In these days of the Coronavirus Pandemic, urban unrest and ensuing heightened uncertainty, I have found trips down memory lane especially meaningful and calming.
They connect me to my former self of happier times. They also ground me in various aspects of my family’s traditions, experiences and history. All of which is such a welcome anchor.
There are many productive ways to travel down memory lane, such as:
- Preparing a recipe from the past (see my post on Erdbeerkuchen)
- Creating photo albums of recent or long ago trips (see my post on a bucolic part of London or the Ballestas Islands in Peru)
- Visiting sites you have been to before
Revisiting a site is quite literally a physical trip down memory lane.
As states in the U.S. gradually reopen, it is, fortunately, possible again to visit many outdoor places.
Last weekend, I inadvertently went on such an excursion. My daughter and I went on our first hiking trip since the Coronavirus shutdown was lifted in Indiana. We had planned to do a favorite trail through the Indiana Dunes National Park to the shore of Lake Michigan. We wanted to picnic on the beach and enjoy the view of the lake’s wide open horizon. Alas, the small parking lot was full by the time we arrived. So we repaired to the Bailly Homestead, Chellberg Farm, and Little Calumet River Trail section of the park.
We knew this area quite well, but only in winter. Pretty much every year, when my kids were younger, we came here for the Maple Syrup Festival, held at the beginning of March (see my blog post from 2012!). I was curious to see what this place was like in the summer, without the bustly attraction of maple syrup production.
I had only seen this path leading to the historic sugar shack in the barrenness of the March woods. Now the green of summer was almost intoxicating.
I enjoyed coming upon the out-of-season sugar shack, all cleaned up. Previously I’d known it to be a busy place where vats of sugary sap were boiled down to syrup, see the following photos from our March 2012 visit:
My favorite shot from the maple sugaring operation we’d seen in 2012: Bottles were hung above the steaming vats to warm so they wouldn’t burst when the hot syrup is poured in.
A bit farther up the trail one comes upon the Chellberg Farm. It used to belong to the Swedish Chellberg Family. The house was built in 1885. The National Park Service restored it to its 19th century self. In the summer, it’s closed.
Walking around the farm premises, my daughter and I kept exclaiming, “I remember this!”
It was such fun to experience this place in the glory of summer, without the crowds of the winter festival but with animals about and everything lush.
In the winter, for the Maple Syrup Festival, the farmhouse is open. Rangers in period dress demonstrate 19th century cooking and maple syrup recipes. I was happy to find this photo of the inside from our 2012 visit.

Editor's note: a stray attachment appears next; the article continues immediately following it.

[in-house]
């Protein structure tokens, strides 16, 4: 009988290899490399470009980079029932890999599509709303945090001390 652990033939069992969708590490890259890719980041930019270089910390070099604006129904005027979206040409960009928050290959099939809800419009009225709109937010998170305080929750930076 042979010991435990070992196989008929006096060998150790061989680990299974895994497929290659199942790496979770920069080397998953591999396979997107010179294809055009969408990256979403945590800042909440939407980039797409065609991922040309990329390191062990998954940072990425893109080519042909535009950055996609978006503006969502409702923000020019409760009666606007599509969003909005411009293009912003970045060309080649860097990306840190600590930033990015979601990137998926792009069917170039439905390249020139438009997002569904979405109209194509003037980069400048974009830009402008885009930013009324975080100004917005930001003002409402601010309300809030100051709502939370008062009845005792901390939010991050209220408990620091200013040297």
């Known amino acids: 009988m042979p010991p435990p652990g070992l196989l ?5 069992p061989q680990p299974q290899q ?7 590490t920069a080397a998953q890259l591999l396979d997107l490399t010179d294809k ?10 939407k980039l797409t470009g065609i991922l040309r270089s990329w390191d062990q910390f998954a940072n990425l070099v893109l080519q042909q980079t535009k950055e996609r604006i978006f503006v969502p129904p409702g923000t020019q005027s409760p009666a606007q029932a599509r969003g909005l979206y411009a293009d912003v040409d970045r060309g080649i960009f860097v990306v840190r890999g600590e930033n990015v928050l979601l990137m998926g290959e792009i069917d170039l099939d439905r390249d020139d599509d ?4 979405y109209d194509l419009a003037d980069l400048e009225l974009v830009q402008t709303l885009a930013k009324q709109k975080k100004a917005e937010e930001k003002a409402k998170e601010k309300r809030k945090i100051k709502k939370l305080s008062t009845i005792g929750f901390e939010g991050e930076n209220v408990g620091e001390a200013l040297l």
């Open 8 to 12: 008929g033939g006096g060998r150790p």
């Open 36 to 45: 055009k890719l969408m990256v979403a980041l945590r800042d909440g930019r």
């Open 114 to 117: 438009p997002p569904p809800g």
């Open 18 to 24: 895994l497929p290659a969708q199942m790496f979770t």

After inspecting the barn, my daughter declared, “If you’re a cow, being one of the animals on a National Park Service farm must be the jackpot!”
When I sent the above image to a friend, she wrote back, “Clearly the Coronavirus shutdown even had an effect on the rooster’s hairdo!”
After the farm, we headed deeper into the woods, following the signs to the Bailly Cemetery. While we had done the short maple syrup trail many times, we had only been to the Bailly Cemetery once before. I was eager to see it again. It’s the kind of place for which you wouldn’t make a special trip to visit. If you’re already in the vicinity, however, it’s a nice add on.
I remembered we had come upon this wondrous place as snow softly began to fall. It had felt like a magical discovery, this monument of a burial site, in the middle of the forest.
Apparently, back in 2005, I was fascinated by the cemetery’s ornate balustrade, judging by how many photos I found of it in my archive.
This time around, this cemetery was no less bizarre, but the unkempt grass and weeds made it appear less majestic.
The Bailly Family first used this plot in 1827 to bury their son, but earlier graves were detected.
Why two fellow hikers chose the base of the cross as a picnic spot is beyond me. To boot, this was out in the blazing sun!
This is how the Bailly Cemetery first appears when you come upon the clearing in the woods.
After my daughter and I returned home from this summery expedition, I dug through my photo files. I was happy to find that I had captured our visit to the Bailly Cemetery in the winter of 2005. My photos confirmed my memory of that first visit: Snow flakes slowly dancing down while we stood marveling at this ornate grey burial site in the Indiana woods.
That’s another good reason, by the way, to document your every day and your trips, big and small: Those photos let you relive that point in time.
Often they either confirm your memory, or they correct it, or they remind you of something you had forgotten. In any case, they are priceless records and I invariably find I should have taken more!
I found that in retracing my steps and re-experiencing this place, I got a chance to come full circle, to feel grounded in old experiences and yet find them refreshed.
The past felt meaningful, not lost in the stream of time. And the present was filled with the joy of this rediscovery.